Timing the LEFT side cylinder,rotate the engine until piston is at TDC and both valves closed,the yellow / black wires are to the left side cylinder contacts,rotate the engine backwards until the timing mark on the rotor aligns with the 28deg. mark on the indicator plate in the primary case,at this position the points for the left side cylinder should just begin to open,this is correct timing,if the points are not opening at 28 deg. you will need to loosen the TWO attaching screws in the elongated slots and move the whole base plate so that the points begin to open -- a piece of cigarette paper or similar gripped between the face of the contact points should just release as the points begin to open,tighten the screws.
For the RIGHT hand cylinder,turn the engine as before, RH piston at TDC,valves closed,turn engine backwards until mark on the rotor is at 28 deg., RH points black/ white wire, should just be open,if not, loosen the screw on the sub plate and turn the eccentric screw so that the points just begin to open,tighten the attaching screw. Remove the special washer and replace the stock washer and bolt.Your Haynes manual should show the points diagram and identify the screws that I have mentioned here.
I hope that I have not confused you even more,I have a Boyer unit on my bike so I have not set up points in quite some time,hopefully I have guided you correctly.Good luck, ride safely. James.
PS. Frank Holmes of Franks Brit Bike Barn is in New Hampshire -- Chocorua -- great fellow, does all Brit bike work, phone # 603-323-8310.
Thanx for the info. I hope I can get to work on it tomorrow. Franks Brit Barn is where I plan to take it if I just can't get it going. I will post here when she fires up. Now, for that beverage

I made the Dead stop tool described by Norbsa and finally had a day to myself to play around with a timing Wheel. I Printed off a 360 degree wheel and fixed it under the points cam fixing bolt. This meant every time the motor did one revolution the timing wheel did half a rev so each degree mark on the wheel is 2 degrees on the crank.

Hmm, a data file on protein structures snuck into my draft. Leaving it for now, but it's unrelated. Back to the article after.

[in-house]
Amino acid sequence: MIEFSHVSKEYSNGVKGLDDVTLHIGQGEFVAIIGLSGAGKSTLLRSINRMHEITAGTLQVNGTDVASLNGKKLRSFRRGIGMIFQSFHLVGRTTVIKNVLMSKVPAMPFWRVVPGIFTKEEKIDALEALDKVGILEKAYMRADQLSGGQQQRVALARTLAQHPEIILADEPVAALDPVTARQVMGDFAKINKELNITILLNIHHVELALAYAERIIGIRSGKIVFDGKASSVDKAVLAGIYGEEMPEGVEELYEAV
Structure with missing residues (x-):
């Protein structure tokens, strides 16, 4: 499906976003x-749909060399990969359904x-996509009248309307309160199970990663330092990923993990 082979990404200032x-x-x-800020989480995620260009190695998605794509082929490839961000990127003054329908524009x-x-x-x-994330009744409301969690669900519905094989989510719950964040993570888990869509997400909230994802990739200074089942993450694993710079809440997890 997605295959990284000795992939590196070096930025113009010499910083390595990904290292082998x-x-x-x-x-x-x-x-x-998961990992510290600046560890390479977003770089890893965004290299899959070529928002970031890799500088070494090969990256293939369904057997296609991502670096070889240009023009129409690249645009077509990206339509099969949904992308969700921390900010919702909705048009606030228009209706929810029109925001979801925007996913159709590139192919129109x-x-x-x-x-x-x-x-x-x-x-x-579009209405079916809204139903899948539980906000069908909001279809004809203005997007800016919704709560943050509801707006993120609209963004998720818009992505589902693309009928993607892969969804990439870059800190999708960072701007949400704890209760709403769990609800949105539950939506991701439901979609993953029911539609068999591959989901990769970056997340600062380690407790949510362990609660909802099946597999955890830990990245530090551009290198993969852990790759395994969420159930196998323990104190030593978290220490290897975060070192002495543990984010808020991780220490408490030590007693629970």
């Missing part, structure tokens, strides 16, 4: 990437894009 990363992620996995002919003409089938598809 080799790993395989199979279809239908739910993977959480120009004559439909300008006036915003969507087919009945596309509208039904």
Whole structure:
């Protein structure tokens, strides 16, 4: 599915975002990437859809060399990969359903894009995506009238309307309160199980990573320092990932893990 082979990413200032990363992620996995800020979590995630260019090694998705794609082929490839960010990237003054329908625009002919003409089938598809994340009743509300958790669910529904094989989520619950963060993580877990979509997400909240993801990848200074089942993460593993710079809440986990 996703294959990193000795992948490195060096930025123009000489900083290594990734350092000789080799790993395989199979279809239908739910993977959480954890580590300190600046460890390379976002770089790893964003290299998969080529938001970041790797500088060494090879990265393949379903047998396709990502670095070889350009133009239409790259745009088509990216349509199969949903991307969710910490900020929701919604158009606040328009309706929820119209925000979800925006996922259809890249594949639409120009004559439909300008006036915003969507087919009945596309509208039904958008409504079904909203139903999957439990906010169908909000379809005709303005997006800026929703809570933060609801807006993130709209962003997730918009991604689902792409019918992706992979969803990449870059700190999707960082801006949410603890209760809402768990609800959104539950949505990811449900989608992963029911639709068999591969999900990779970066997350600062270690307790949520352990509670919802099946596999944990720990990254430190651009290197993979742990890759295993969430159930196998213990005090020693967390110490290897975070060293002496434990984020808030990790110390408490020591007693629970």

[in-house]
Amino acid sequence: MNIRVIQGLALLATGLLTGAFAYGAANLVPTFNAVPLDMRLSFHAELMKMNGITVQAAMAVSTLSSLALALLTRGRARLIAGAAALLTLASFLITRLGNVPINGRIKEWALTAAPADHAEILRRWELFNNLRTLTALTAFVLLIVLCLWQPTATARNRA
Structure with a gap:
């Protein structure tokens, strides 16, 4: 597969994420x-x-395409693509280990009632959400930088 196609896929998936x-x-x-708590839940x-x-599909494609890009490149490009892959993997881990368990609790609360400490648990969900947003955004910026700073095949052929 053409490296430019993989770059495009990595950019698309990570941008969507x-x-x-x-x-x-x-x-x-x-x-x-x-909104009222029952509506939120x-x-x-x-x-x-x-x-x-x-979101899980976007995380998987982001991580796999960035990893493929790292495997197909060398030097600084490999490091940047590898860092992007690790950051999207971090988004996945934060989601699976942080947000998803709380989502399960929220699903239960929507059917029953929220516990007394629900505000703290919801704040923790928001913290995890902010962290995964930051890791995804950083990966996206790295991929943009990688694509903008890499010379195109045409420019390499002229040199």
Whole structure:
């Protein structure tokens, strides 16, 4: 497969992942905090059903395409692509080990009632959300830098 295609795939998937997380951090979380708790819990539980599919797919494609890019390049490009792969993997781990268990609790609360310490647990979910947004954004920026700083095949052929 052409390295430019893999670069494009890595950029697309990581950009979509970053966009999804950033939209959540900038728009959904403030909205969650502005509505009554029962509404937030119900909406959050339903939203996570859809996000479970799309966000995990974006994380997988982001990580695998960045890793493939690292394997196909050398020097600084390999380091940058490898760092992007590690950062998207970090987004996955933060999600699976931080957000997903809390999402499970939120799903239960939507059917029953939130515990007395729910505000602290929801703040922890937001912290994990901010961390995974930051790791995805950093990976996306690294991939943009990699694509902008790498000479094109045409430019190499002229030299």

Found the top dead centre wound the crank back to what should be 28 degrees and low & behold the marker plate is out by four degrees.
I left the machine overnight and started again to make sure i had my thinking straight and again came up with the same answer. Set the timing at 32degrees before top dead centre according to the timing marker plate set up new points and started it up. Engine sounds a lot crisper and idling is slower and even. Top end speed is more responsive ( don't know what i was doing because the speedo is out of action) Since then I have had five or six great runs. The Norton feels like it ought too. Thanks Norbsa for the info.
Last run to work the left hand Throttle slide stuck. idling at 3000, I spoke too soon. I must get those brass slides. Might try a bit of 2 stroke oil in with the petrol.
Thanks again for the timing information. :lol: :D
Check the carb body for being out of round. Sometimes you can squeeze them back to rounder with slip joint pliers padded with a rag. They make a 720 degee timming wheel with all the right studs and spacers for all english bikes for about 30.00 US dollars. You will find it real good for strobe timming on that side.